First Friday After Hours
6 to 9 p.m. Friday, Oct. 5
Open galleries. Open minds. Open late. Launch your weekend at the museum with music, art, talks, food and more on First Friday. Tonight: Alaska Bead Society artists in-house; Anne Frank House installation on view; Aiviq and Nanuq and Power of Energy exhibitions open; Becky Kotter plays folk originals in the elevator. Free museum general admission from 6 to 9 p.m.
Piano Music in Muse
5 to 9 p.m.
Listen to sounds of Evgeny Chernonog.
First Friday Bead Arts Market
6 to 9 p.m. Upper Atrium
Alaska Bead Society members present their newest works, including intricate beaded jewelry, handmade lampwork, beads and ornaments. Meet local artists, enter a drawing for a chance to win door prizes and get a head start on holiday shopping.
Unbound: Border Stories/Unbound: Cuentos de fronteras
6:30 to 8 p.m. Librería Donceles (Anchorage Downtown Transit Center)
Anchorage youth are invited to share stories of borders, boundaries, journeys and crossings in this open-mic storytelling event. Come to share your story or just listen. Light refreshments provided. Stories should be 5 minutes or less and appropriate for all ages. Stories in any language are welcome. Email firstname.lastname@example.org to sign up in advance.
Unbound: Cuentos de fronteras.
La juventud de Anchorage está invitada a compartir sus historias y cuentos de fronteras, límites, viajes y travesías de todo tipo en el evento de cuentacuentos con micrófono abierto que será presentado en la Librería Donceles, una librería “pop-up” de libros en Español. Ven a contar tu historia o simplemente a escuchar. Botanas serán proporcionadas. Las historias o cuentos deben ser de cinco minutos o menos y ser adecuadas para todas las edades. Historias y cuentos son bienvenidos en cualquier idioma. Contactar a email@example.com para inscribirse para contar una historia.
Pop-Up Exhibition: Anne Frank House – A History for Today
6:30 p.m. Opening Reception, Atrium
7 p.m. and 8 p.m. Tours, Art Lab
Learn about the story of Anne Frank and the Holocaust in this pop-up exhibition organized by the Anne Frank House in Amsterdam in collaboration with the Netherlands’ Honorary Consulate in Anchorage.
Walrus Stories: Alvin Amason
6:30 to 7:30 p.m. Aiviq & Nanuq Exhibition, west wing, third floor
Hear from four Alaska Native artists who will share stories, observations, and experiences they’d had with walruses.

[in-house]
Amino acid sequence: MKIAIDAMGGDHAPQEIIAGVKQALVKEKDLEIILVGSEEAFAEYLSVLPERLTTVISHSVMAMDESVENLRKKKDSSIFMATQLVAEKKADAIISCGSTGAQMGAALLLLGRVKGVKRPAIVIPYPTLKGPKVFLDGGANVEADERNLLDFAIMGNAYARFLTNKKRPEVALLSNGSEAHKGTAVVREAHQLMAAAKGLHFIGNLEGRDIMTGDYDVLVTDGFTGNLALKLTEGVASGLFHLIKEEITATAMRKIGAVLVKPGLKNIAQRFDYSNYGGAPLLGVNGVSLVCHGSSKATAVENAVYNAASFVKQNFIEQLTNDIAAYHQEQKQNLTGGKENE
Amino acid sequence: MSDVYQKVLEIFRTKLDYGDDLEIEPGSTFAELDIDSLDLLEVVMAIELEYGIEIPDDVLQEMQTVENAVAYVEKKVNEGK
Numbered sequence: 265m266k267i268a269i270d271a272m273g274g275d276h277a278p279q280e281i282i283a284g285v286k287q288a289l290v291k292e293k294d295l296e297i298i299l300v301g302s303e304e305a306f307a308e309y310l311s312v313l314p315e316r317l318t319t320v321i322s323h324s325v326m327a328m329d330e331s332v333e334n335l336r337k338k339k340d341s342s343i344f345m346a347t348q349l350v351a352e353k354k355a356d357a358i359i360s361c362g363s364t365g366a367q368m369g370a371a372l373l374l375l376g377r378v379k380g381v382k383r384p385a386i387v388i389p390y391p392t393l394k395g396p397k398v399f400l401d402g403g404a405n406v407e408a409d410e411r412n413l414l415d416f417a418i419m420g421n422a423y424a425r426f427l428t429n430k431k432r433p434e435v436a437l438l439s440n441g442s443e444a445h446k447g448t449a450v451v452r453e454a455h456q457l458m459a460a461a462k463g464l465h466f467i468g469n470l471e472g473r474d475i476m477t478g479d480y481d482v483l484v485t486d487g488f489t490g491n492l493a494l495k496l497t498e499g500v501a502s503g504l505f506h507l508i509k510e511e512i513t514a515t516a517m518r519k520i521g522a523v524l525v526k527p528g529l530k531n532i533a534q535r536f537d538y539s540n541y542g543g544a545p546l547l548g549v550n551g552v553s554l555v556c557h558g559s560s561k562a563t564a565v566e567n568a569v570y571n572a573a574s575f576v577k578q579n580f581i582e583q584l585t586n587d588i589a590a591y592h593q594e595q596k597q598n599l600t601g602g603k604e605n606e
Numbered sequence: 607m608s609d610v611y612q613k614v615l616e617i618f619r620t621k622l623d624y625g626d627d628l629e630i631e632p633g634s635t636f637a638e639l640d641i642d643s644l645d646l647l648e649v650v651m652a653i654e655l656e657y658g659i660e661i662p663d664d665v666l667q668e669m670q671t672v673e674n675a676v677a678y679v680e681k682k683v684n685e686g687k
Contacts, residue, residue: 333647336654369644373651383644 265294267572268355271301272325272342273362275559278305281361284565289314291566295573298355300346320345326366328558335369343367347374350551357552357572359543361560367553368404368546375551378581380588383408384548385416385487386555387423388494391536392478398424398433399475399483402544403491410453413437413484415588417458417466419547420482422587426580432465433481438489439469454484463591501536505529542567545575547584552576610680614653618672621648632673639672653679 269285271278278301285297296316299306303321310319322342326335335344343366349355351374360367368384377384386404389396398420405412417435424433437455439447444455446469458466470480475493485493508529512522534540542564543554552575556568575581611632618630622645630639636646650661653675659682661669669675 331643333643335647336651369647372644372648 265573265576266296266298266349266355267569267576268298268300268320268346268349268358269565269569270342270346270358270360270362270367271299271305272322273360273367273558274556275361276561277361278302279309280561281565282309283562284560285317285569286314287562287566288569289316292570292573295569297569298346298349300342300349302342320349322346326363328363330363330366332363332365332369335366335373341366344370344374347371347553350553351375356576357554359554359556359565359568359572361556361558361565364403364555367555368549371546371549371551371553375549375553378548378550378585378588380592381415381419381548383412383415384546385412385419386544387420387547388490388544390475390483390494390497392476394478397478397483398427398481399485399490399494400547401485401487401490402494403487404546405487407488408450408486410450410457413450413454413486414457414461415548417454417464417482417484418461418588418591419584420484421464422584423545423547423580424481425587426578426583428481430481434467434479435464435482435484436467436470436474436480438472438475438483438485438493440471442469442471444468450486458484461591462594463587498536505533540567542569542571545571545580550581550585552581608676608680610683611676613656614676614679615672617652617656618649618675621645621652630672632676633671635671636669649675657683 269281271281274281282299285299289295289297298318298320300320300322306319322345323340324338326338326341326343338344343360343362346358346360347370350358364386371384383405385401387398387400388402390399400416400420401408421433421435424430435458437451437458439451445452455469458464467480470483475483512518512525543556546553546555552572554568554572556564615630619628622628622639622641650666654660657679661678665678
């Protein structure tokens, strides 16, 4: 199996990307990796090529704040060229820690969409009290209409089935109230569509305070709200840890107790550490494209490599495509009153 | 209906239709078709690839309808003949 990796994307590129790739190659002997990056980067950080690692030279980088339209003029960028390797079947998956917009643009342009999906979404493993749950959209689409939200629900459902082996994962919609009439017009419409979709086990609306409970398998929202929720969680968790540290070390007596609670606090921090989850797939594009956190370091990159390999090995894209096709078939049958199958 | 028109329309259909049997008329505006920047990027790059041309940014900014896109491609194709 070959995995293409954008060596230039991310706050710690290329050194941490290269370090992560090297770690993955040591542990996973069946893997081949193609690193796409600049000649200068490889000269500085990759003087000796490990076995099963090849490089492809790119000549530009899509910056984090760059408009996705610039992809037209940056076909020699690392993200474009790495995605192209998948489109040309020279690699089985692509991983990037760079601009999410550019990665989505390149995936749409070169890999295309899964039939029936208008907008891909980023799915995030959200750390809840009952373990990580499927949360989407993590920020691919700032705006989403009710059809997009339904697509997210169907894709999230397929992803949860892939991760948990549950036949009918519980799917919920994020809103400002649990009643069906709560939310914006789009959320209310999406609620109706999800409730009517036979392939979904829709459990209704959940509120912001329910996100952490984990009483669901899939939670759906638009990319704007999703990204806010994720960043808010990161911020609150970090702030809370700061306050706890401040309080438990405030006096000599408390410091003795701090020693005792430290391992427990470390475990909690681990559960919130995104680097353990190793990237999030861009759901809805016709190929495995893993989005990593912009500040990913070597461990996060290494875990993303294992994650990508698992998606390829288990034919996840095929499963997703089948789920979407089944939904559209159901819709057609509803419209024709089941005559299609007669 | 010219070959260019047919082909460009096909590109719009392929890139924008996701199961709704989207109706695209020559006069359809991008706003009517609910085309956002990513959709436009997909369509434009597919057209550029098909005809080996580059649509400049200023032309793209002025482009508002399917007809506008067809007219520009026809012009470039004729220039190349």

Alvin Amason is a Sugpiaq painter and sculptor living and working in Alaska. Amason left Alaska for his artistic training, studying in Washington and Arizona. He then returned in the 1980s to his home state where he continues to live, teach, and create work. Amason combines painting and sculptural techniques, often attaching three dimensional elements to canvas. Amason’s work draws upon his Sugpiaq culture and experiences as a child. Many pieces include representations of Alaska’s wildlife, reflecting an understanding of animals that he gained while hunting with his grandfather on Kodiak Island.
Ronald Brower currently works as a professor of Inupiaq language for the University of Alaska, Fairbanks as part of the Alaska Native Language Center. He was involved in the development of the North Slope Borough and the North Slope Borough Commission on Iñupiat History, Language and Culture. He also served as president of the Ukpeaġvik Iñupiat Corporation and was the founding director of the Iñupiat Heritage Center Museum. He worked with the Inuit Elders International Conference from Greenland from 1979 to 1998 and served on the Inuit Circumpolar Conference executive council from 1998 to 2006.
Sylvester Ayek is an Inupiaq artist who spent his formative years on King Island. He is best known for his mask making, ivory carving, and stone sculpture and was honored with a distinguished artist award from the Rasmuson Foundation in 2004. He started selling his art in his teens to tourists in Nome and describes his work at that time as very traditional. After attending the University of Alaska, Fairbanks he began to experiment with materials and forms. Today, Ayek lives in Nome and visits King Island regularly. He spends most of his time living from the land and carving ivory and wood when he has time.
Richard “Dick” Weyiouanna is an Inupiaq master artist who is originally from Shishmaref and currently lives in Anchorage. He is best known for his powerful whale bone, soapstone, and ivory sculptures. Weyiouanna has lived a subsistence lifestyle and comes from a family with deep roots in Shishmaref.
Music and story telling with Allison Warden and Thomas Chung
8 p.m. Chugach Gallery